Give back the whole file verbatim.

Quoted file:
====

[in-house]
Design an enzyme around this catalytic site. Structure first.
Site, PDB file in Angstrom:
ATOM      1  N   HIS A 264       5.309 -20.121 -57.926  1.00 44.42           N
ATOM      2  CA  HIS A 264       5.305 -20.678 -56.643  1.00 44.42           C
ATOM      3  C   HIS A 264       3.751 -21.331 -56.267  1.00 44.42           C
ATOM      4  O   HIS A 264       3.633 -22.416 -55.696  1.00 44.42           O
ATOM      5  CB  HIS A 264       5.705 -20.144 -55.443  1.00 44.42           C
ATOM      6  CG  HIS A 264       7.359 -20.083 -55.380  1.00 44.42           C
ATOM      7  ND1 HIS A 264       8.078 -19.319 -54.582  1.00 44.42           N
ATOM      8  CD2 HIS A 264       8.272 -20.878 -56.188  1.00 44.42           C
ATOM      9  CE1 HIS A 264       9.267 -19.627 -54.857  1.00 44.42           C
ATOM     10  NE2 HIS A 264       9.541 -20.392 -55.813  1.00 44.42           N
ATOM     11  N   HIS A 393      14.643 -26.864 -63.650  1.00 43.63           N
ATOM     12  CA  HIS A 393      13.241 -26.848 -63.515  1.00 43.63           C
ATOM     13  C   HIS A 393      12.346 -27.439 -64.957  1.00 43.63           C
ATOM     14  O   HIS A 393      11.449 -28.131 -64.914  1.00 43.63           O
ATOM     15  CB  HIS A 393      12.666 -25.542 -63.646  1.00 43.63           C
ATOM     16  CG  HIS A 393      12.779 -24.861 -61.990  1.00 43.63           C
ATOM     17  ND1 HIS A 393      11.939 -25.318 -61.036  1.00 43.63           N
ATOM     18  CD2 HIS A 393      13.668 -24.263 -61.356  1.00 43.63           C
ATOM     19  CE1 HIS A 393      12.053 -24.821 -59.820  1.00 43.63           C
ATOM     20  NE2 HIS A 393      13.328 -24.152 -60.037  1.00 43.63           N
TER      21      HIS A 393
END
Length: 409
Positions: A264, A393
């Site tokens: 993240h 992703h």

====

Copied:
[in-house]
Design an enzyme around this catalytic site. Structure first.
Site, PDB file in Angstrom:
ATOM      1  N   HIS A 264       5.309 -20.121 -57.926  1.00 44.42           N
ATOM      2  CA  HIS A 264       5.305 -20.678 -56.643  1.00 44.42           C
ATOM      3  C   HIS A 264       3.751 -21.331 -56.267  1.00 44.42           C
ATOM      4  O   HIS A 264       3.633 -22.416 -55.696  1.00 44.42           O
ATOM      5  CB  HIS A 264       5.705 -20.144 -55.443  1.00 44.42           C
ATOM      6  CG  HIS A 264       7.359 -20.083 -55.380  1.00 44.42           C
ATOM      7  ND1 HIS A 264       8.078 -19.319 -54.582  1.00 44.42           N
ATOM      8  CD2 HIS A 264       8.272 -20.878 -56.188  1.00 44.42           C
ATOM      9  CE1 HIS A 264       9.267 -19.627 -54.857  1.00 44.42           C
ATOM     10  NE2 HIS A 264       9.541 -20.392 -55.813  1.00 44.42           N
ATOM     11  N   HIS A 393      14.643 -26.864 -63.650  1.00 43.63           N
ATOM     12  CA  HIS A 393      13.241 -26.848 -63.515  1.00 43.63           C
ATOM     13  C   HIS A 393      12.346 -27.439 -64.957  1.00 43.63           C
ATOM     14  O   HIS A 393      11.449 -28.131 -64.914  1.00 43.63           O
ATOM     15  CB  HIS A 393      12.666 -25.542 -63.646  1.00 43.63           C
ATOM     16  CG  HIS A 393      12.779 -24.861 -61.990  1.00 43.63           C
ATOM     17  ND1 HIS A 393      11.939 -25.318 -61.036  1.00 43.63           N
ATOM     18  CD2 HIS A 393      13.668 -24.263 -61.356  1.00 43.63           C
ATOM     19  CE1 HIS A 393      12.053 -24.821 -59.820  1.00 43.63           C
ATOM     20  NE2 HIS A 393      13.328 -24.152 -60.037  1.00 43.63           N
TER      21      HIS A 393
END
Length: 409
Positions: A264, A393
């Site tokens: 993240h 992703h």